Lauren Scharhag (Western Voices 2022)

Bio: Lauren Scharhag (she/her) is an associate editor for GLEAM: Journal of the Cadralor, and the author of thirteen books, including Requiem for a Robot Dog (Cajun Mutt Press) and Languages, First and Last (Cyberwit Press). She has had over 200 publications in literary venues around the world. Recent honors include finalist for the Stephen A. DiBiase Poetry Contest and the Seamus Burns Creative Writing Prize. Her work has also received multiple Best of the Net, Pushcart Prize, and Rhysling Award nominations. She lives in Kansas City, MO. To learn more about her work, visit:





sun-stricken star servant, i let them

trace their magic on my skin,

my vellum perpetually drinking it in,

that silver ink. as the sky lightens,

find my outline in the toadstool rings

and flattened grasses. i am their servant, too,

mycelium mirroring constellations,

both of us bound to this necrotic zone,

immutable as lost innocence.

i am the nocturnal things

that grow incandescent in the dark,

that learn to skewer uncertainty.

i live in the still contemplation,

the storyteller firesides, the holy silence.

i welcome comets and other strangers

to my flickering sanctum. i lick auroras

and chart somnambulist courses

through moonlit corridors.

i exude luminous epiphanies.

we are suspicious of what is easy.

if you would know me, find the paths

laid by glowworms and spook-lights.

if you would join me, you must learn

the tongues of crickets and the rustling leaves,

how to withstand the gaze of old gods

still prowling the firmament. the night is a blessing

not conferred on just anyone. Be worthy.

Be worthy. Be worthy.





For those of us who call

these bottoms and flood plains

home, our lives are governed

by the river. How it rises and falls.

How, each season, it overflows

the banks, breaching levies

and sandbags. The mosquitos

it breeds. The silt that nourishes

our hydrangeas and summer tomatoes

as well as the morels in their

furtive beds. The way it guides

migratory creatures, the sandhill cranes

and peregrines, shelters beaver

and otter, slakes the thirst

of resident turkey and foxes

and white-tailed deer. How it goes

dormant and white in winter

and sullen and lead-colored

under the spring rains. Scoop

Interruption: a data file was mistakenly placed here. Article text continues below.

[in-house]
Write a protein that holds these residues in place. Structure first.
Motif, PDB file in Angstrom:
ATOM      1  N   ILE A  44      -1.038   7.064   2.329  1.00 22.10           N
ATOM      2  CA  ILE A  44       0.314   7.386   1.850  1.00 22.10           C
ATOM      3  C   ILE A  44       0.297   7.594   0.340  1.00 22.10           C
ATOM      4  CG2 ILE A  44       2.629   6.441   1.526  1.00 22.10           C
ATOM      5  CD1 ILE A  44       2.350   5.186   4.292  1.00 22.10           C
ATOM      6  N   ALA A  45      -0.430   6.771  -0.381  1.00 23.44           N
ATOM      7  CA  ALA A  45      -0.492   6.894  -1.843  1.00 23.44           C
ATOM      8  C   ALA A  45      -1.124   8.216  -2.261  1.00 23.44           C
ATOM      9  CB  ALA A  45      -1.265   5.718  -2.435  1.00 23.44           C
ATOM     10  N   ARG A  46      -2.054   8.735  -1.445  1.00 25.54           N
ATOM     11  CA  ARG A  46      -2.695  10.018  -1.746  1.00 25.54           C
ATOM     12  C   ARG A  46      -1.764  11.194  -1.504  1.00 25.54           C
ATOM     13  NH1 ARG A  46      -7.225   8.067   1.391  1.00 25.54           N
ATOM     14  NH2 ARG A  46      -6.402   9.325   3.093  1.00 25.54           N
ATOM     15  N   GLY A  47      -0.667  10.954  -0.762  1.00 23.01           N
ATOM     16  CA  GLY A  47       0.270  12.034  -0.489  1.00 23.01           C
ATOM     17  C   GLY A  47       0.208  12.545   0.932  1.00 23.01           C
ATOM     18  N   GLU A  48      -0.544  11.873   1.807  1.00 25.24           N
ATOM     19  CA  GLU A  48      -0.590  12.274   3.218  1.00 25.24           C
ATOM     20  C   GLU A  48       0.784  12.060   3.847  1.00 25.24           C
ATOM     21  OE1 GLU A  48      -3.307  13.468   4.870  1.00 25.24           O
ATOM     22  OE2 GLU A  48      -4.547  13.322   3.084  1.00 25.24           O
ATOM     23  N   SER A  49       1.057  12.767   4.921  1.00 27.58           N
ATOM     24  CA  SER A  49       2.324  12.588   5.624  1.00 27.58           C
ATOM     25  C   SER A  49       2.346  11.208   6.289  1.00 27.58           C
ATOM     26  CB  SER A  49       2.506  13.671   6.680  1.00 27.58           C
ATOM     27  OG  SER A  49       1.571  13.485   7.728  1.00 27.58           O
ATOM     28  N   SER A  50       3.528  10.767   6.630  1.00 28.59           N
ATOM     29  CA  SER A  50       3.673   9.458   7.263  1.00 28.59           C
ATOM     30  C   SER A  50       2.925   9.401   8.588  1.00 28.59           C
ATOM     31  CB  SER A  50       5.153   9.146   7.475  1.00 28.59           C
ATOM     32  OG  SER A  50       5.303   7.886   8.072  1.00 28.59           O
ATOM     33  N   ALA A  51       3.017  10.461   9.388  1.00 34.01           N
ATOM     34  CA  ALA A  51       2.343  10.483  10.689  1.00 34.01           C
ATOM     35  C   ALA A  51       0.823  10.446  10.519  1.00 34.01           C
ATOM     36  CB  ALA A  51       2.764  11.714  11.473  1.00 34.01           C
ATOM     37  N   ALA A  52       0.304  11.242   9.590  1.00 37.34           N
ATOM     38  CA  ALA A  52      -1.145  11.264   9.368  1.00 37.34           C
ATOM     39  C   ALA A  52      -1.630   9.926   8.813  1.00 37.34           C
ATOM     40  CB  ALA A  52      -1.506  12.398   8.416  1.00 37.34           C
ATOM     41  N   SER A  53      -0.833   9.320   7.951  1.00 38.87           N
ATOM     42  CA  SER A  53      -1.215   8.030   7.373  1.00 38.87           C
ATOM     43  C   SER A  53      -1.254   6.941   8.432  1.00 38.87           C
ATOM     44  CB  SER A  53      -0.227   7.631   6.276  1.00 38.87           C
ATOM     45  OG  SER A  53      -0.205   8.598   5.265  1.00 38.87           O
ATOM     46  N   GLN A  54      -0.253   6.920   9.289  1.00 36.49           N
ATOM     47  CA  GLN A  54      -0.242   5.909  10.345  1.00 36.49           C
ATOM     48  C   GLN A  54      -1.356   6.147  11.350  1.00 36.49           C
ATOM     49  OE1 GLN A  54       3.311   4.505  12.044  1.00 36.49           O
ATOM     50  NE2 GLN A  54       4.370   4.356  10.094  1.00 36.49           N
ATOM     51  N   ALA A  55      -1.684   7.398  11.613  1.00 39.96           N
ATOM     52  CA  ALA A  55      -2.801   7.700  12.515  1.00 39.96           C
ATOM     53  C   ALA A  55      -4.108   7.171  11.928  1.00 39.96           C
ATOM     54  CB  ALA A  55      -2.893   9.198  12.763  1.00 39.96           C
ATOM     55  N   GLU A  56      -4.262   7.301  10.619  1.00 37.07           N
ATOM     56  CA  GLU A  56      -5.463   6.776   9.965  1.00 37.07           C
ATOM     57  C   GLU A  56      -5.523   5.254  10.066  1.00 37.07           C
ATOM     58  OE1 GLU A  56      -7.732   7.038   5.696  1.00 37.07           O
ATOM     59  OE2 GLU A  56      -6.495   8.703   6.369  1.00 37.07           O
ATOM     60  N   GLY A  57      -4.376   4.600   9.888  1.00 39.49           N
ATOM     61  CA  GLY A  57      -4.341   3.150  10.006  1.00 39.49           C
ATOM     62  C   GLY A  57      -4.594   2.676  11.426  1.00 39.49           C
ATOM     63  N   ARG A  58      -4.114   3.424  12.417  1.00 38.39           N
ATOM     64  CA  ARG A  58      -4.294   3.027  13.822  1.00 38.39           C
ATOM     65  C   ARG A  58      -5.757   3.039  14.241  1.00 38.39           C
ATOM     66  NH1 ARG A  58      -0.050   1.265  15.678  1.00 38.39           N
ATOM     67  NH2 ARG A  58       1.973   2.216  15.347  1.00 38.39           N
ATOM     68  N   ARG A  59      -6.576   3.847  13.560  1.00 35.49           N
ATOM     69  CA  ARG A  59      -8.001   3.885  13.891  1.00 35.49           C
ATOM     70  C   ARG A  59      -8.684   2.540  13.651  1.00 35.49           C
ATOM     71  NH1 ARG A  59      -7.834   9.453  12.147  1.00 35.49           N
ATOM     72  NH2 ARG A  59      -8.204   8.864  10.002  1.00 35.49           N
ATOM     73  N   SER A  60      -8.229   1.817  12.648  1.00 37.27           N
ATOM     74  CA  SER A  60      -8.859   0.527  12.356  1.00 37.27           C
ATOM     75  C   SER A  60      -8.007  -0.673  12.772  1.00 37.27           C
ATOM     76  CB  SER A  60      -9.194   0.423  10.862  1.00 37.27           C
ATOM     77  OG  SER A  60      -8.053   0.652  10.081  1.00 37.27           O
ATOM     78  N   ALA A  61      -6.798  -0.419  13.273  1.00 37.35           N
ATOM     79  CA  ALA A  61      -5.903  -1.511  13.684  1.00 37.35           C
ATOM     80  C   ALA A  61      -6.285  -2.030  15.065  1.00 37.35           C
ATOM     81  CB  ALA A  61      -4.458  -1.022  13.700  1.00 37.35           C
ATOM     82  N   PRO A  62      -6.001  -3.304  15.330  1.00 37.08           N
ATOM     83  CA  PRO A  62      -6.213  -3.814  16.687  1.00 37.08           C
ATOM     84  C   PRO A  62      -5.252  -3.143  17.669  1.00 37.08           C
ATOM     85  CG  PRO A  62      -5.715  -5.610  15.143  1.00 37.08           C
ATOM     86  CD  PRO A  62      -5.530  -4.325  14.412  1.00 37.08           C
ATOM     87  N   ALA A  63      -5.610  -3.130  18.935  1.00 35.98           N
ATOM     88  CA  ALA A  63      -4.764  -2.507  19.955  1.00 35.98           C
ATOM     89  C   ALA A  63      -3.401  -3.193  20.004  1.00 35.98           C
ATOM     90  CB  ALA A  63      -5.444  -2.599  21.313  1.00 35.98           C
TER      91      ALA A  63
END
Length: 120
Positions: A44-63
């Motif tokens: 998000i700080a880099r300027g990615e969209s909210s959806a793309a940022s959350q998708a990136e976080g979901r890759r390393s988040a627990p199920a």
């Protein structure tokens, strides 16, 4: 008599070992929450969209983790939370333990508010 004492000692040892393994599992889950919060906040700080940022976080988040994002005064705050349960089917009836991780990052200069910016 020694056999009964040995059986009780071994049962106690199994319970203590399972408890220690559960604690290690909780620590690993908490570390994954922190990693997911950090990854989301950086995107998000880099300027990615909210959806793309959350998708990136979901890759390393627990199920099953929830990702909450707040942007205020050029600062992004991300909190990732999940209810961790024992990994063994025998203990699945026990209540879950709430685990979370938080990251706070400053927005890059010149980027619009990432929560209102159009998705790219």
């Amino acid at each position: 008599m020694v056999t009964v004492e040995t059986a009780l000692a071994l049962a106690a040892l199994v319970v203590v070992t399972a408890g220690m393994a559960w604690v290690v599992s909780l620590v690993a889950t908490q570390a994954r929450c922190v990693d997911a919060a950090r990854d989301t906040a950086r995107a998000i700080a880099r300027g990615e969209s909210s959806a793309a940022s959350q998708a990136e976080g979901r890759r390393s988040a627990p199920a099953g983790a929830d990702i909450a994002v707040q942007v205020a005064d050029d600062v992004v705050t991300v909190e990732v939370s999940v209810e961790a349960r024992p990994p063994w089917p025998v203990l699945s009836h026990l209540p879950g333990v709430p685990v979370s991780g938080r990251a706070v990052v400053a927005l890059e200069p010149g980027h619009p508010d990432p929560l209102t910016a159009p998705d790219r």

a jar full, hold it up to the sun

and see how light does not

pass through. But we drink.

We watch from higher ground,

rising like birch and cottonwoods

from its muddy banks. Cut us

and we bleed brown.





First, snow turns to rain. By St. Patrick’s Day, 

usually, we’re in the clear, though I’ve seen

snow in May. Lent still underway, season of absence,

season of denial, Via Dolorosa yet to be trod.

Now, the tornado siren tests commence.

The ground beneath us warms and softens,

fairy ring mushrooms appearing in damp yards,

and lichen slicking pedestrian bridges. The invasive

hemlock that looks so harmless at first, so easily

mistaken for ferns along the trails, will spring up

to nine or ten feet before mid-summer, every part of it

toxic; pokeweed garlanded with jewel-bright berries,

also toxic, and dryad’s saddle spiraling up tree trunks

where it feasts on the white heart rot. But look,

here is the wild phlox, the wood anemones like stars

at my feet, and the tiny, fragile-stemmed mycena,

a whole galaxy clinging to the root of a decaying tree.

Here is the wild lilac, not yet teeming with bees, its buds

a covenant of petal fragrance to come, that heady mix

of live soil and spring rain that makes it all worth it,

the spear in the side, the rawness and poison. Breathing it in,

it seems impossible to believe the world is anything

but good. Passiontide. Open the windows and air

the place out. Climb the porch railings to hang windchimes.

The ponds awaken, unfurling sheathes of floating duckweed,

frogs singing their aquatic hymns from the creek, the water,

too, crooning over stones. My hands in the soil, my fingers

in the font. I touch them to my forehead, third eye.

Everything open. All the flowering trees, golden forsythia,

cherry, tulip, crabapple, seem to explode all at once,

like fireworks, their petals on sidewalks an after-parade,

a pile of discarded Easter egg shells. The morel hunters

are on the prowl with their sacks, much-needed umami

after forty days of fish and vegetables. The ditches

filled with violets. The irises dramatic with their velvety

dark purples, color of kings and altar cloths and tornadic

skies. Moss flourishes in the cracks of limestone bluffs.

Everywhere, tombs opening. Everywhere, eggs and seeds

cracking open. Hemisphere tilting sunward. On our knees,

in the garden, pouring from a bottle of Easter water.

The tornado sirens sound and, unafraid, we go

take shelter in the earth.

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